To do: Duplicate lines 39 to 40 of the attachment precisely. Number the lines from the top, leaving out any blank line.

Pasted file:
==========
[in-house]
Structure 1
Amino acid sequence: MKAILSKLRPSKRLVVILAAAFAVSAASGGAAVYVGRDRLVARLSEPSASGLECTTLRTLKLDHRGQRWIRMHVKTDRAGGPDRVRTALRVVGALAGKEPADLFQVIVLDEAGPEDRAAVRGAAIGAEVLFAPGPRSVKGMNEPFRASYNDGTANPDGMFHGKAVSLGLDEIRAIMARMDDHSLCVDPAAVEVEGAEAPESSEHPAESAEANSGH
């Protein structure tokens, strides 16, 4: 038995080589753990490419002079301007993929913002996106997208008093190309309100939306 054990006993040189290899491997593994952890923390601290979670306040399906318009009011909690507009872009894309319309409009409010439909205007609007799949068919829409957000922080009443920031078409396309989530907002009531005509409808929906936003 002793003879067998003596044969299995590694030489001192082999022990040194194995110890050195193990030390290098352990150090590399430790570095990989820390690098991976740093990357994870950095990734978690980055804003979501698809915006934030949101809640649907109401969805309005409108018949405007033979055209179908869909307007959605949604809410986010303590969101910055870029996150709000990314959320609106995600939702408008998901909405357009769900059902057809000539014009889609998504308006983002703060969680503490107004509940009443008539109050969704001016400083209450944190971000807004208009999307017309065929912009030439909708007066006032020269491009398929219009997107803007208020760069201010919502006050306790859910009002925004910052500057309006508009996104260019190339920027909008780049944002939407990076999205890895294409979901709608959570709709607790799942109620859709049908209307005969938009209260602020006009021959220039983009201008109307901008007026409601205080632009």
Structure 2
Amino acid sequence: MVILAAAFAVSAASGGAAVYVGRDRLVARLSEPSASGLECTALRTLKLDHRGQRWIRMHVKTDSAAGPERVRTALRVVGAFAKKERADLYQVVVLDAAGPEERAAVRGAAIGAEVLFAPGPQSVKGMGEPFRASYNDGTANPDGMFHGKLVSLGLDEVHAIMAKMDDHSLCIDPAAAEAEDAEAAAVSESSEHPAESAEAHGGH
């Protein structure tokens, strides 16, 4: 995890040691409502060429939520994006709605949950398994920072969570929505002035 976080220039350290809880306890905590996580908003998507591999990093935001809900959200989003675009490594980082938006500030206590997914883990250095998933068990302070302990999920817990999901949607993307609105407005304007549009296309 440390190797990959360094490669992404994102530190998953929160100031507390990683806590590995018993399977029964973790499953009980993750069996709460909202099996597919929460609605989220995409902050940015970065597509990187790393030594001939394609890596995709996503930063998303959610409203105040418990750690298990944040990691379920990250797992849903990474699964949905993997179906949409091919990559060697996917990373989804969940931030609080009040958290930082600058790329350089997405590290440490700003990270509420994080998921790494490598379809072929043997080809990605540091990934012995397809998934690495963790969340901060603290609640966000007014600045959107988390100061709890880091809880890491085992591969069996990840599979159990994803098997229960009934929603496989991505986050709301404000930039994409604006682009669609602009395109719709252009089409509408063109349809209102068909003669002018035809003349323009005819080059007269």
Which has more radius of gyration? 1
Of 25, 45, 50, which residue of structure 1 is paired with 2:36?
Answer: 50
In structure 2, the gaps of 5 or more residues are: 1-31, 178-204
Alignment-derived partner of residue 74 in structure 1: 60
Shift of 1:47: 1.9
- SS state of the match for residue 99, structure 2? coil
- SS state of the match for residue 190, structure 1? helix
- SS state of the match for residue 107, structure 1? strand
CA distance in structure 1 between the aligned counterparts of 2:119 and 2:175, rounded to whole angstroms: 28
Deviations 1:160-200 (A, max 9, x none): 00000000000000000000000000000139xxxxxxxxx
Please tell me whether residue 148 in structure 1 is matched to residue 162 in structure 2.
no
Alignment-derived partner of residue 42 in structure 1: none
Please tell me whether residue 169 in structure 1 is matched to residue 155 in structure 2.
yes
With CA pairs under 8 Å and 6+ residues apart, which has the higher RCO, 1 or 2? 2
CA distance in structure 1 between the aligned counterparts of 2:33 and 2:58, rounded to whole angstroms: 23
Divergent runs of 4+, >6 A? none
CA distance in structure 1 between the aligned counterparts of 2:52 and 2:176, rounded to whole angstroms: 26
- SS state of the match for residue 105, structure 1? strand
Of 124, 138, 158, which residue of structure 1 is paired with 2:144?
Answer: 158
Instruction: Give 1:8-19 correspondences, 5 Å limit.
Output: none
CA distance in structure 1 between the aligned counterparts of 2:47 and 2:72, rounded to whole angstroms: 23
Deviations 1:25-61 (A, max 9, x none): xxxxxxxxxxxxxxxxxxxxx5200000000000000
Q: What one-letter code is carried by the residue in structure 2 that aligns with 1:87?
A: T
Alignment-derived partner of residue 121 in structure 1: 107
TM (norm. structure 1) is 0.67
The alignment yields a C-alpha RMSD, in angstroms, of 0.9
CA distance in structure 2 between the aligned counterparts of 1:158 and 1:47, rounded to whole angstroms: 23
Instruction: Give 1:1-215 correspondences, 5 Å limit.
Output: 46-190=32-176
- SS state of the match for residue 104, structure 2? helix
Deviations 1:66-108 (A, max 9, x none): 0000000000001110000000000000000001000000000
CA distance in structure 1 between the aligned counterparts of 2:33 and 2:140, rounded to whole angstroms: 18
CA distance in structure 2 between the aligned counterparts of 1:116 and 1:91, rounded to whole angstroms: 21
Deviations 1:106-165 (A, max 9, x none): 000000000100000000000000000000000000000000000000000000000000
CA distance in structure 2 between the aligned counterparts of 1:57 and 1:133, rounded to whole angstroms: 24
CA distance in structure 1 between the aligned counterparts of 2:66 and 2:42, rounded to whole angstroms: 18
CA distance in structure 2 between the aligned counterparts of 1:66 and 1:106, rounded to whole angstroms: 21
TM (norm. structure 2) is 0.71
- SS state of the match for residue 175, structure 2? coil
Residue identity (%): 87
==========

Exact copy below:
The alignment yields a C-alpha RMSD, in angstroms, of 0.9
CA distance in structure 2 between the aligned counterparts of 1:158 and 1:47, rounded to whole angstroms: 23